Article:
Don't be fooled during a snowstorm
I had a very scary experience last week, during a snowstorm that I'll tell you about in the hope that nothing like it will ever happen to you.
It was during the worst of the storm. I was home alone and the doorbell rang. A very attractive young woman was at the door, all bundled up, and over her shoulder I saw falling sleet and a car that was in our driveway with the emergency parking lights blinking.
"May I step in for just a minute to use your phone?" she asked.
Thinking this was an emergency, I invited her in.
She looked to be about 20. The first thing she did was unbutton her coat and drop it to the floor. I could see that she had been carrying a portfolio under the coat.
She had big blue eyes and she looked straight into mine and announced her mission. "I'm working my way through college and I'm selling encyclopedias."
That should have been the end of the conversation, but to be polite, I asked, "What encyclopedia are you selling?"
"Worldbook," she answered earnestly, "it's the most reasonable and the most popular encyclopedia on the market."
"I didn't mean to encourage you with my question," I said. "We already have a Worldbook in our home."
"When was it last updated?"
"Long ago -- mid '70s I suppose."
"Then it's totally obsolete and you should get rid of it. It's practically junk. We will take it on a trade in, give you a discount and dump it for you."
"Well, we're really not interested in a new set, because now we have the Internet and we use Wikipedia for updated information."
"Well Wikipedia, the encyclopedia of the Internet, as you should already know, is a collection of information submitted by volunteers, not paid professional scholars, and is not considered scholarly or totally reliable."
"I understand that, but, I'm sorry, we're just not in the market for a new set of encyclopedias."
"We have an easy payment plan."
"I'm sorry, we are not interested. I guess it's time for you to go."
"Well, I'm not going. You are going to buy from me or else."
This sounded scary. I tensed up. "Or else what?"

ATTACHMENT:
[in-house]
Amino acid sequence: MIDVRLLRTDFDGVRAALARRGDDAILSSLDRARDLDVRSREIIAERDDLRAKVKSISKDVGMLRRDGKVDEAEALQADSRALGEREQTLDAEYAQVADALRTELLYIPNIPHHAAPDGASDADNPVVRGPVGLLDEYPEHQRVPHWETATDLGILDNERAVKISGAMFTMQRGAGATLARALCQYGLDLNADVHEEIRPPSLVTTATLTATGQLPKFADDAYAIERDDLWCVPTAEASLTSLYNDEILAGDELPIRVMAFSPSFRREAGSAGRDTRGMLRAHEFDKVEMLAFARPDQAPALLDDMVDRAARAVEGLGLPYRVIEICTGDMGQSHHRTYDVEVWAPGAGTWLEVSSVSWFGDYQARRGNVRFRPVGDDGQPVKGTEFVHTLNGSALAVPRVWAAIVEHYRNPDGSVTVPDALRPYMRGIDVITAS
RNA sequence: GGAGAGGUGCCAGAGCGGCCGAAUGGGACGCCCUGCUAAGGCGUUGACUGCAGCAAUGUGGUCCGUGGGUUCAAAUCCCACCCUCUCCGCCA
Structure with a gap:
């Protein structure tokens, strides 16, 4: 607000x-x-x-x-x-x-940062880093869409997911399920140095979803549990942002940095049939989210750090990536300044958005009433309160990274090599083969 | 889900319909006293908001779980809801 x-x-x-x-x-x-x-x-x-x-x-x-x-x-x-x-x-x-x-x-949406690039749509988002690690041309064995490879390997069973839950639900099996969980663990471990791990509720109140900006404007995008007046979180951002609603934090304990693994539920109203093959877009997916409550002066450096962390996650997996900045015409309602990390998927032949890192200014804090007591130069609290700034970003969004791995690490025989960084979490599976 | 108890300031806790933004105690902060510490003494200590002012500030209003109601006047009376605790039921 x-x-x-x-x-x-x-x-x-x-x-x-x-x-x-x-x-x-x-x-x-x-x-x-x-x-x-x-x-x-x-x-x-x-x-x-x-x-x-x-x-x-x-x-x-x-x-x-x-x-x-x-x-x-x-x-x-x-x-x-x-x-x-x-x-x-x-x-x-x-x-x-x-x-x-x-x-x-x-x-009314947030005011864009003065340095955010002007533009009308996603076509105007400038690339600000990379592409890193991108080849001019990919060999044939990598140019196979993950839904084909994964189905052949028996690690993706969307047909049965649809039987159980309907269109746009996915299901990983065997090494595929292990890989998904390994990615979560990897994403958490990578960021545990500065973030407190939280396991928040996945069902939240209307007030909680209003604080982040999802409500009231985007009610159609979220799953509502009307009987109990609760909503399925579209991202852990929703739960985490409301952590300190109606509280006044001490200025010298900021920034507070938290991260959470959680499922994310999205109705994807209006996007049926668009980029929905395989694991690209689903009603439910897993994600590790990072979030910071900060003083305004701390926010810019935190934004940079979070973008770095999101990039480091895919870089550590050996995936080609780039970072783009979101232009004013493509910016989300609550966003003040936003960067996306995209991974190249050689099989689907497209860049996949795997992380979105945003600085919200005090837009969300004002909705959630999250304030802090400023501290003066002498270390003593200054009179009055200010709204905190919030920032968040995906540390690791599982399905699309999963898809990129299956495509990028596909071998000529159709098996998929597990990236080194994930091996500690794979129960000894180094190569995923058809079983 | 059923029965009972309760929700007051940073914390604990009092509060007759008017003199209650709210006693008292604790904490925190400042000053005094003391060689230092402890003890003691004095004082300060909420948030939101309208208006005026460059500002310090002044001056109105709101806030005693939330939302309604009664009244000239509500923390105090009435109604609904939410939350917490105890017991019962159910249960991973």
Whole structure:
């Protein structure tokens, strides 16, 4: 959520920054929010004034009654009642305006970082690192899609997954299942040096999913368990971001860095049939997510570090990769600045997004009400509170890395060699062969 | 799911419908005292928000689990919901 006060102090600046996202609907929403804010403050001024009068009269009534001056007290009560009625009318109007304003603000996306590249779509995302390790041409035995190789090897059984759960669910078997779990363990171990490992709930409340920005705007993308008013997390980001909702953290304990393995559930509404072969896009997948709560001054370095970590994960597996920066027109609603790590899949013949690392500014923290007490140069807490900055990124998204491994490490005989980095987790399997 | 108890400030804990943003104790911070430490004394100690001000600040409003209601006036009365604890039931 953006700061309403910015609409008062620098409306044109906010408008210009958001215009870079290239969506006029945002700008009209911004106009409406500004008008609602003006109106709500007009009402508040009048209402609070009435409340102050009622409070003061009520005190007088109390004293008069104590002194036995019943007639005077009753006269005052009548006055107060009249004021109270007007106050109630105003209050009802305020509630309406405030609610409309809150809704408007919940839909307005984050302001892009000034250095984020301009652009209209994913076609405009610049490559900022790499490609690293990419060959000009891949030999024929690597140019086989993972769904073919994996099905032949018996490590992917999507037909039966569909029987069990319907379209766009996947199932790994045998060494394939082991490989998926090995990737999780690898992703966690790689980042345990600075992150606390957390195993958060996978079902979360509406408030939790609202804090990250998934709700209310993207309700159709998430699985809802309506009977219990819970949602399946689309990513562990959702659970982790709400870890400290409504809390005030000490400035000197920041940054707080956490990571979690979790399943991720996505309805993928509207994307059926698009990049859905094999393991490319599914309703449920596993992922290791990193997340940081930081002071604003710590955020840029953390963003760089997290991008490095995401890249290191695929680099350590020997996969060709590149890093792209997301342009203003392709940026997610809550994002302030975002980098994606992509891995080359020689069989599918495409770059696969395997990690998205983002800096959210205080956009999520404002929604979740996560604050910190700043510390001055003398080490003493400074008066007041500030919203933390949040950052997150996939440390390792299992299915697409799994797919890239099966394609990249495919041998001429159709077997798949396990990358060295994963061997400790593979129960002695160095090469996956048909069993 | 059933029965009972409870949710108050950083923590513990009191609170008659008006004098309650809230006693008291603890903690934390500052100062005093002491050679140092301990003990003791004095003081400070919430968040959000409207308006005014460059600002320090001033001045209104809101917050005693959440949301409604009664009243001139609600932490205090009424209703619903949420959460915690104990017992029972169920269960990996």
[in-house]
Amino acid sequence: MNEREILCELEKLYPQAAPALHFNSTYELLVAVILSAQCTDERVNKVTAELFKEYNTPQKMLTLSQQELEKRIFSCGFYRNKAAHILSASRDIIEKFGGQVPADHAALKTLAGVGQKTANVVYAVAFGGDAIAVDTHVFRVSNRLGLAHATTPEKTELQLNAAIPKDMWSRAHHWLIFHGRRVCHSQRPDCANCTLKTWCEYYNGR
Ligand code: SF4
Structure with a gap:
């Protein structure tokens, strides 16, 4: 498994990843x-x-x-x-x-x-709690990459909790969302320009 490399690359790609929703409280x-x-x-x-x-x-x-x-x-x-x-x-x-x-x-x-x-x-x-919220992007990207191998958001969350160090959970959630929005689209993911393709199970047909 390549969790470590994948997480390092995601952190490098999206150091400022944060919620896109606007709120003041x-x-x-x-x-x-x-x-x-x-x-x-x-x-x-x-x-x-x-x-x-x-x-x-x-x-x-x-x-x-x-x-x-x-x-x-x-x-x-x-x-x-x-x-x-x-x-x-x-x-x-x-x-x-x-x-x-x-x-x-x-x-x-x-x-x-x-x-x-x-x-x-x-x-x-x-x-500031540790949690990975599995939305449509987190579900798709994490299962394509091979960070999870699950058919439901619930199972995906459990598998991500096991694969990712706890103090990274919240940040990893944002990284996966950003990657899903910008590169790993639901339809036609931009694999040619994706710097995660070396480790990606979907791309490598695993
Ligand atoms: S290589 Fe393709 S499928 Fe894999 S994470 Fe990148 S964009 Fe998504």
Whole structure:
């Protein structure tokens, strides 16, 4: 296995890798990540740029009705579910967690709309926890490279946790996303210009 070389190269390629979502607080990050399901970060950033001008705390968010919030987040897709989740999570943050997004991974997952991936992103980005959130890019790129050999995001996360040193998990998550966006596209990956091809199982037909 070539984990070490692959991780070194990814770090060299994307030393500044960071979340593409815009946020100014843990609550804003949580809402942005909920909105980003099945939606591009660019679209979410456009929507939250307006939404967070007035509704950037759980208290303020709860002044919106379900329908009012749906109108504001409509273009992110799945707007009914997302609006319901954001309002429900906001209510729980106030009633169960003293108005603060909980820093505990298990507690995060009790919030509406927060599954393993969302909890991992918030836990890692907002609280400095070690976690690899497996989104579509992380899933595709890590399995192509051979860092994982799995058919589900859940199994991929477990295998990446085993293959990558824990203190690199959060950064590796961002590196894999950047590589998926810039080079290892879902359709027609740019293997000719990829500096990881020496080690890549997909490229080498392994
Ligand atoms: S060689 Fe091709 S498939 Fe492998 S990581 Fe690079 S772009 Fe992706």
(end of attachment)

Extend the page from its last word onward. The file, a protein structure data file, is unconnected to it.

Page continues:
"Or else I'm going to report that you attempted to molest me."
Gulp. I spoke very slowly at that threat. "In the middle of the day, in my own house, who would believe that nonsense?"
She grabbed the front of her crisp, white blouse and ripped it far enough down to pop a few buttons. Then she stared me down. "Your word against mine Pops. We read about dirty old men every day and you could be next. Now, are you going to buy my books or not?"
For a minute I hesitated, thinking it might be the lesser of evils if I just ordered the books and bought my way out of this trap. Then I decided no way, I don't intend to be a victim. "No," I said, "not a chance."
"All right then, I'm calling 911 right now." She started for the phone, which was only a few feet away.
"Stay away from that phone," I shouted and started to grab her.
"Don't you touch me again you pervert. I'm going to report every detail of this."
I backed away, I could only make things worse for myself with a struggle for the phone.
She stepped up and dialed 911. My heart stopped and I held my breath. I was close enough to hear several rings at the other end. Then the answer "911, how can I help you?" The young lady said only two words: "April Fool."
P.S. to readers: I gave you at least two clues right off the bat. I said, "Don't be fooled," then I told you the 20-year-old asked to use my phone. There is no 20-year-old in the world who doesn't have a cell phone. Sorry, I couldn't resist teasing you.